The Tar Baby and the Tomahawk: Race and Ethnic Images in American Children's Literature, 1880-1939



WHO would suppose that a wild African, whose only dress is a piece of skin, would trouble himself about fashions?

To be sure, he feels no interest in the style of coats or hats, but he is just as much absorbed in the great business of adorning himself as though he followed the fashions of Paris. Curious styles he has too, as a German traveler has lately told us.

To begin with, the hair is the object of his greatest care. Its training begins in the cradle,—or would if he had a cradle,—when it is tortured into some extraordinary form, and kept there by means of gum-arabic and ashes, till after long years it will retain the shape of itself. Sometimes it is like a cockscomb, and sometimes like a fan. One poor baby's hair will be trained, so that in time it will stand up in rolls over the head, like the ridges on a melon, while another's is taught to stand out like the rays of the suns as usually represented in pictures. With some Africans, part of it hangs down in braids or twists, like the one in the picture, and the rest is laid up in monstrous puffs on each side of the head. But the drollest one of all is made to look like the glory around the head of a saint—in pictures. The hair is taken in single locks, stretched out to its greatest length, and fastened at the ends to a hoop. The hoop is held in place by strong wires, and its edge ornamented with small shells. The effect is very comical.

In most of these wonderful arrangements the hair is parted in the middle (I wonder if our young gentlemen imported that style from Africa), and is kept in place by plenty of gum and ashes, or clay.

All this elaborate hair-dressing is on the heads of the men. The women of the country wear their hair in the simplest manner, perhaps for the reason that the wife does the cooking, cultivates the land, adorns the body of her husband with paint, and dresses his hair, which must be enough to keep her time well occupied.

His hair once dressed, this African dandy turns his mind to the further decoration of his body. First he rubs his shining skin with a mixture of grease and ashes, or powdered wood of a red color, puts on his one scanty garment, made of the skin of some animal, or of bark, occasionally trimmed with the long black tail of a monkey or other animal, and then he is ready for his ornaments.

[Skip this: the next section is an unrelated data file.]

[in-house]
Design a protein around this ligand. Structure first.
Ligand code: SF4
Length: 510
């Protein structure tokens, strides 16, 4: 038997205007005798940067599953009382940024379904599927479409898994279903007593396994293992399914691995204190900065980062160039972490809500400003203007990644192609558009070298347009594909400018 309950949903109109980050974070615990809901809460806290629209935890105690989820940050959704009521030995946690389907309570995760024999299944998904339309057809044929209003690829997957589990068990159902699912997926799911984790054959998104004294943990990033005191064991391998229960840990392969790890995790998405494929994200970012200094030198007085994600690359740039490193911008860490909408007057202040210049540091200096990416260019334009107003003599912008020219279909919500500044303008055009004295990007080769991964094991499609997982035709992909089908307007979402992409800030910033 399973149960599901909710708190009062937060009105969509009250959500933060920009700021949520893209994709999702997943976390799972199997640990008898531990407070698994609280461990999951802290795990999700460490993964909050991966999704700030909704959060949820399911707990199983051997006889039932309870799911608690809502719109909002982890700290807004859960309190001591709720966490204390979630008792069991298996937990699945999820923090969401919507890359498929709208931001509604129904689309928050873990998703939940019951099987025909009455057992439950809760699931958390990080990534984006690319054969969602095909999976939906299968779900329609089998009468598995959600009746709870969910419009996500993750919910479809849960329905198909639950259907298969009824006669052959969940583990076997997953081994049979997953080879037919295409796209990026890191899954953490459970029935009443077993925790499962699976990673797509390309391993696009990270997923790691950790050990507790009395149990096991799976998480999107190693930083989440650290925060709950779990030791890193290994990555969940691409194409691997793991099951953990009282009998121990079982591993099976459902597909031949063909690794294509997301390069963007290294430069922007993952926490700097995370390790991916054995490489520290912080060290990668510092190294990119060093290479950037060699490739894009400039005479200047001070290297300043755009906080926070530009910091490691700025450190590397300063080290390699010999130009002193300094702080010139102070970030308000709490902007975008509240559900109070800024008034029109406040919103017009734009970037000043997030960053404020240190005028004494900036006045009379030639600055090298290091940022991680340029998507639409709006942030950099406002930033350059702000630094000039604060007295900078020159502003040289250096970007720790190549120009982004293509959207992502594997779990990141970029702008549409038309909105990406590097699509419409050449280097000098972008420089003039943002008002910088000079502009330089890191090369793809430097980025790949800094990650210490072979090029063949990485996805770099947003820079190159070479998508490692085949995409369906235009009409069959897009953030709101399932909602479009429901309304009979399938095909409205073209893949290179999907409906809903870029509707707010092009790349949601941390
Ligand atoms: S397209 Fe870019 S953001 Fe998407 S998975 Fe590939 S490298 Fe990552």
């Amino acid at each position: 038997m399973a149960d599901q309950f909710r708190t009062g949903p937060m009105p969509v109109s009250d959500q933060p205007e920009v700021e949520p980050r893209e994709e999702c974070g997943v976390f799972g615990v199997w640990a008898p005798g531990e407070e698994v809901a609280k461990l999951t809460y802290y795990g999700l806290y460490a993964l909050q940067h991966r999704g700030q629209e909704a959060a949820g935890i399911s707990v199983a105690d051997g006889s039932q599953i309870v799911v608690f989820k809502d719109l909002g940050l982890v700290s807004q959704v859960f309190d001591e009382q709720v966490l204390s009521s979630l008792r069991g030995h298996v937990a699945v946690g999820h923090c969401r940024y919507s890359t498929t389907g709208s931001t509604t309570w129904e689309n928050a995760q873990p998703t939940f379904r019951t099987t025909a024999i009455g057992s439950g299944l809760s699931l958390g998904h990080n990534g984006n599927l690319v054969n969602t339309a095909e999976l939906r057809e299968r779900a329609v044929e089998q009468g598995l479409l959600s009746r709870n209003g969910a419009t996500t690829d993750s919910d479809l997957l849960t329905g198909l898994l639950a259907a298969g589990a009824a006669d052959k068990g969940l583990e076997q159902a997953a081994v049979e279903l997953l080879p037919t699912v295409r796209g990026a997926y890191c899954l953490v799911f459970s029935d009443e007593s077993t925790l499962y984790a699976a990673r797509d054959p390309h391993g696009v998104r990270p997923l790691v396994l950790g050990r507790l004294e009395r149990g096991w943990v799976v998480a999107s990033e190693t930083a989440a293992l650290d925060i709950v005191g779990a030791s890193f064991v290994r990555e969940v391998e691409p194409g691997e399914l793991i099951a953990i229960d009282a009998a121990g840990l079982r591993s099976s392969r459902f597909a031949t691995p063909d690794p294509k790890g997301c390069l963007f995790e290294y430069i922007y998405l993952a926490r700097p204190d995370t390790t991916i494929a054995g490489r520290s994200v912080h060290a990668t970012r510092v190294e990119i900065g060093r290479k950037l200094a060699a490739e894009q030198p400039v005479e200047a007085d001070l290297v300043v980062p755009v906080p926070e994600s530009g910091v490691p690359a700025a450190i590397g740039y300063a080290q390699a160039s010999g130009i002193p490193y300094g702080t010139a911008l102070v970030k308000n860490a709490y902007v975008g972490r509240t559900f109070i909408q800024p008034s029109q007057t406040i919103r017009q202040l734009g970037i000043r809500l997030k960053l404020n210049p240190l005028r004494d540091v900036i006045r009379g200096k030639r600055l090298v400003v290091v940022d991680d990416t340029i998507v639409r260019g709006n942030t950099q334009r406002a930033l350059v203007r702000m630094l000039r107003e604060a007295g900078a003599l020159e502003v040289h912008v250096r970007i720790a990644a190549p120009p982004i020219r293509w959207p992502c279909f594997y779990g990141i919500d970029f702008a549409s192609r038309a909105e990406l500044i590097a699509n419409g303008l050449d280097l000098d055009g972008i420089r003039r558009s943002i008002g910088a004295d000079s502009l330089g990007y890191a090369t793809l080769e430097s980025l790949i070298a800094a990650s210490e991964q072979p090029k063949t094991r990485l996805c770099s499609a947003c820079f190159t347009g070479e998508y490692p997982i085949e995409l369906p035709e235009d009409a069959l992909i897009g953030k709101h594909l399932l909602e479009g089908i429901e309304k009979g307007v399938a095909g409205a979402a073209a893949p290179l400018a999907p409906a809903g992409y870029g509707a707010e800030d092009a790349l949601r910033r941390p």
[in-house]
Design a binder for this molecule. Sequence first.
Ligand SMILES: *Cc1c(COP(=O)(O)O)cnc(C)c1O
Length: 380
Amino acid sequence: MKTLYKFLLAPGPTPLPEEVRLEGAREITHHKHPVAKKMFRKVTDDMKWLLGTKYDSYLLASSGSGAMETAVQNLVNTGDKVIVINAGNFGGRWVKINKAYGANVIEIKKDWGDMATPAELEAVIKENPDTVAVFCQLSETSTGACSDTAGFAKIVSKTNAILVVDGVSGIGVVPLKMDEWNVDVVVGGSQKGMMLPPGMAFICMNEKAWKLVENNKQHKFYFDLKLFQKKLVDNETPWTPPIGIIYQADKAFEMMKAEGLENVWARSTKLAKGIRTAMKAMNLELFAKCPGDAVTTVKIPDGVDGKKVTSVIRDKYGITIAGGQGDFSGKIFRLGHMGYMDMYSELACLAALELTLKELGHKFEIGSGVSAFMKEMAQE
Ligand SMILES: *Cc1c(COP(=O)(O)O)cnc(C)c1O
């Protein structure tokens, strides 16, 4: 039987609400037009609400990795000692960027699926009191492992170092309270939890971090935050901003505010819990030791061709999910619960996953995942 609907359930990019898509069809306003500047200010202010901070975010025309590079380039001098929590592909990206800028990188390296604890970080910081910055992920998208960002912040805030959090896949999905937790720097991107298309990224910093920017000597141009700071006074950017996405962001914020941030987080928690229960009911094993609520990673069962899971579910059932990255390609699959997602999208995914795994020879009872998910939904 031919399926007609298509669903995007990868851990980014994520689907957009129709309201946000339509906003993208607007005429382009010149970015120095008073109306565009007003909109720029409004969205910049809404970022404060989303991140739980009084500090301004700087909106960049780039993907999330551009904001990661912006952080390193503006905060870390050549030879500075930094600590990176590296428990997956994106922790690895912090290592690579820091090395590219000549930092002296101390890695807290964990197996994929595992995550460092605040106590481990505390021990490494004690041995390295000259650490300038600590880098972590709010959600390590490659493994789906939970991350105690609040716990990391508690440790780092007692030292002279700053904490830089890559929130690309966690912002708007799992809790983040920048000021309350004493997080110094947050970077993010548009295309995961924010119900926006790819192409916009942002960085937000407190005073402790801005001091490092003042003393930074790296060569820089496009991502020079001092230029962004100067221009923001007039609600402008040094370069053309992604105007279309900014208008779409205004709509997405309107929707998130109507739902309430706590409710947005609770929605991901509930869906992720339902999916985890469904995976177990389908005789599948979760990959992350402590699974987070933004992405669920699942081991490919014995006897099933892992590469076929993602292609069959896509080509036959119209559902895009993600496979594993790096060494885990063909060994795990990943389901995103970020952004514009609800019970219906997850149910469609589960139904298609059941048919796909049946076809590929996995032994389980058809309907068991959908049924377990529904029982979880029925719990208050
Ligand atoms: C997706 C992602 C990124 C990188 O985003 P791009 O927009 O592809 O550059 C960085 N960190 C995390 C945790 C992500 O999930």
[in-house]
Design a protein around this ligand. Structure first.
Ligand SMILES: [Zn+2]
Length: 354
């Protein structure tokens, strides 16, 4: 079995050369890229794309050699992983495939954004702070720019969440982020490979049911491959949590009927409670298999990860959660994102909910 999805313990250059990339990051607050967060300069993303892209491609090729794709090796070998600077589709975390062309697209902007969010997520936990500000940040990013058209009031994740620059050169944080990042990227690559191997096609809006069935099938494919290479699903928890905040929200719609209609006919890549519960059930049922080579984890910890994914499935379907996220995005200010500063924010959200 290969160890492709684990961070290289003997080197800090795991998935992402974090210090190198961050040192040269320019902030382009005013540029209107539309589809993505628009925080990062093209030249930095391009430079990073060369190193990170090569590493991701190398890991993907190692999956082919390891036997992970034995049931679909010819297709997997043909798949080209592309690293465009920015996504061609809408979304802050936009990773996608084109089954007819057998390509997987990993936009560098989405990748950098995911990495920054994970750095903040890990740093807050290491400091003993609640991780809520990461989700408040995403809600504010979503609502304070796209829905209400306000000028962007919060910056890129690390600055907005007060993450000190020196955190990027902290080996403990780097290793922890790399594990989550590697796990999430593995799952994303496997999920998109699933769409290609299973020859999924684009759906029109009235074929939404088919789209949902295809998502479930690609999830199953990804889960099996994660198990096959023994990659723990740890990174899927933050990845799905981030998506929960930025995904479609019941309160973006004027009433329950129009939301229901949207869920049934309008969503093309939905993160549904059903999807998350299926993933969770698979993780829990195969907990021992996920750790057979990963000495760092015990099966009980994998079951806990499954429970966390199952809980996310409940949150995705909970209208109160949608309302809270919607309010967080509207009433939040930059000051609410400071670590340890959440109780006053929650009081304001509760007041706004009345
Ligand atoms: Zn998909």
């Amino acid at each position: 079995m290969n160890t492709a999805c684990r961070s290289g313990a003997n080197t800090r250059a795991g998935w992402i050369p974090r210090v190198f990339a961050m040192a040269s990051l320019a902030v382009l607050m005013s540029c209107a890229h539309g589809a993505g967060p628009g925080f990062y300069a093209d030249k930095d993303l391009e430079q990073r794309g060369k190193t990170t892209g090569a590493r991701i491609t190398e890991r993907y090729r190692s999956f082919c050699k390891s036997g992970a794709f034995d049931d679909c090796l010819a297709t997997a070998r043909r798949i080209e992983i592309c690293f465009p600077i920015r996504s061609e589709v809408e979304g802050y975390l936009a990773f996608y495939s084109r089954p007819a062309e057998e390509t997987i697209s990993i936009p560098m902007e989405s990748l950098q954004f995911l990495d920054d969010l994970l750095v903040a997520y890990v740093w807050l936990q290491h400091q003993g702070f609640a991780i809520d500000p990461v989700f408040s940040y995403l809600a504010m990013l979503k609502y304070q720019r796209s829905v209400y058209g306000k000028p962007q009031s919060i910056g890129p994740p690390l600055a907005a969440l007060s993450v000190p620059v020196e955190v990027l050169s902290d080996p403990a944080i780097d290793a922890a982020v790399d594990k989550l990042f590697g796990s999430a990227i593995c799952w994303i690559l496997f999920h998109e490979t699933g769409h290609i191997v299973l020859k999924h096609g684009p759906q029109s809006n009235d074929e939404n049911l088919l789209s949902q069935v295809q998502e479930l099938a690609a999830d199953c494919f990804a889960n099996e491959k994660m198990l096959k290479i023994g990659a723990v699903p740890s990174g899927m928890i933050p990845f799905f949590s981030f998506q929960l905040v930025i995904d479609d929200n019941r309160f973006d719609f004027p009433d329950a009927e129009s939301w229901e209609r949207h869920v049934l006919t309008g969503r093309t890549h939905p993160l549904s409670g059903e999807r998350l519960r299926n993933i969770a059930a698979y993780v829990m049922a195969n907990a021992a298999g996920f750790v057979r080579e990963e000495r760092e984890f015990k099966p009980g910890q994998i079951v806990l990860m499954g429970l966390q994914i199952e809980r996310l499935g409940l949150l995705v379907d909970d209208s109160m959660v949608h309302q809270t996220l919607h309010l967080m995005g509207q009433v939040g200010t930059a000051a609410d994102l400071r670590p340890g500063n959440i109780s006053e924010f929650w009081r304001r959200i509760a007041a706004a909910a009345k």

Across his forehead, just under the edge of his hair, like a fringe, he hangs a string of teeth. They may be teeth of dogs, or other animals, or, if he is a great warrior, of his human victims.

Next he adorns his breast with an ornament made of ivory, cut to resemble lions' teeth, and spread out in star-shape. Around his neck he hangs several necklaces made of strips of skin cut from the hippopotamus, and finishes up with paint in various styles; dots, or stripes, or zigzags, squares Like a checker-board, or marbled all over.

That is "full-dress" for a Niam-Niam in the centre of Africa.

The dress of the king is a little more elaborate. On the top of his wonderfully dressed hair he wears a hat, a foot and a-half high, made of reeds, shaped ike a piece of stove-pipe, covered with red feathers, and finished off at top with plumes of the same. But of course that is not enough for a king's head; so he adds to it a great ornament of shining copper, which looks something like half a saucepan, and through a hole in each ear he thrusts a bar of coper as big as a cigar.

His bracelets and anklets, and necklaces of coper and hippopotamus hide, are too numerous to describe. Around his waist, over his bark garment,—as a sort of sash,—he wears a strip of buffalo hide, tied in large loops, and furnished with great
balls of copper at the ends. His most costly orna
ment is made of more than three hundred lions' fangs.

This king, by the way, is a very important personage. All that he has touched is sacred. No one can see him eat, nor touch anything he has left. It is high treason, punished with death, to light a pipe with coals from his fire.

The women of the Niam-Niam dress mostly in [illustration - An African dandy.] figured patterns made on the skin by a black liquid. There is no end to the variety of styles,—stars and crosses, bees and flowers, stripes and dots, squares and circles,—and at grand festivals there is great strife to get new and striking designs. A dress of this sort lasts three days, and is then rubbed off, and a new one put on. Her bracelets and anklets are usually made of twisted grass or reeds, though sometimes she will go to the extravagance of the tail of a cow or some other animal to her girdle. Her baby she carries in a scarf, which she wears around her waist; and her duties, as I said before, are very numerous.

There are other curious things about these people, besides their dress. Their houses have walls of clay or reeds, and sharp-pointed roofs of straw. The furniture consists mainly of wooden platters and stools, which are colored black by long burial in the mud, and their only light is a burning pine-knot.

Before the house is usually a post, on which are hung the trophies of the hunt, such as horns of antelopes, skulls of animals and men, and, horrible to say, dried hands and feet. These proclaim to the world how great a warrior is the owner, and, in part, answer the purposes that fine houses and clothes do with us.